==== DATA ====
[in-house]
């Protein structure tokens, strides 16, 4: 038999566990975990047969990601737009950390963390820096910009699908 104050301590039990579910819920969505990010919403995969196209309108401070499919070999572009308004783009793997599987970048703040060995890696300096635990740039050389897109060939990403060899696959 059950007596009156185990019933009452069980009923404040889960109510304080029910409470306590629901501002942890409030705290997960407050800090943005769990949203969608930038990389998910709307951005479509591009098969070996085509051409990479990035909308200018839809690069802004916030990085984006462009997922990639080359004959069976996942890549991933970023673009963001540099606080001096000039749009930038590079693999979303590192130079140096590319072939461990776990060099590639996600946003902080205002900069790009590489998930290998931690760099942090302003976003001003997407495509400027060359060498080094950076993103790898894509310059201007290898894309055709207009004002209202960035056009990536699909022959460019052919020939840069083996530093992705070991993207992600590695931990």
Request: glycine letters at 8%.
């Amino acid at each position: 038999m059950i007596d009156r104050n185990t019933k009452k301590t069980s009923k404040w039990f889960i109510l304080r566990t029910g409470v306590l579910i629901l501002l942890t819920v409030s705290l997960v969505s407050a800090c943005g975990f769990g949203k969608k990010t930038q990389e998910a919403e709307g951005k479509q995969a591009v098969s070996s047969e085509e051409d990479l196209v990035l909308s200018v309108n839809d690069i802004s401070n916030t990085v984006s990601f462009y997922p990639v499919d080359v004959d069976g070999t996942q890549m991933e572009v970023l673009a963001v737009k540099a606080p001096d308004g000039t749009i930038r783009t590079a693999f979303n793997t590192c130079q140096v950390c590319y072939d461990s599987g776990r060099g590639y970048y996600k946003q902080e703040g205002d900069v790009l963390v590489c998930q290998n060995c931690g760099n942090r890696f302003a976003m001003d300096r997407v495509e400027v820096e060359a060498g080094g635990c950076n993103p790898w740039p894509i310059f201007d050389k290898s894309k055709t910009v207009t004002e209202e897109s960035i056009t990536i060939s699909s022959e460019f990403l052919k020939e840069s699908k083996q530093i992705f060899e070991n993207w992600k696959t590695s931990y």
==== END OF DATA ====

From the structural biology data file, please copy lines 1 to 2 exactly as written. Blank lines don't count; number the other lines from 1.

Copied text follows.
[in-house]
């Protein structure tokens, strides 16, 4: 038999566990975990047969990601737009950390963390820096910009699908 104050301590039990579910819920969505990010919403995969196209309108401070499919070999572009308004783009793997599987970048703040060995890696300096635990740039050389897109060939990403060899696959 059950007596009156185990019933009452069980009923404040889960109510304080029910409470306590629901501002942890409030705290997960407050800090943005769990949203969608930038990389998910709307951005479509591009098969070996085509051409990479990035909308200018839809690069802004916030990085984006462009997922990639080359004959069976996942890549991933970023673009963001540099606080001096000039749009930038590079693999979303590192130079140096590319072939461990776990060099590639996600946003902080205002900069790009590489998930290998931690760099942090302003976003001003997407495509400027060359060498080094950076993103790898894509310059201007290898894309055709207009004002209202960035056009990536699909022959460019052919020939840069083996530093992705070991993207992600590695931990």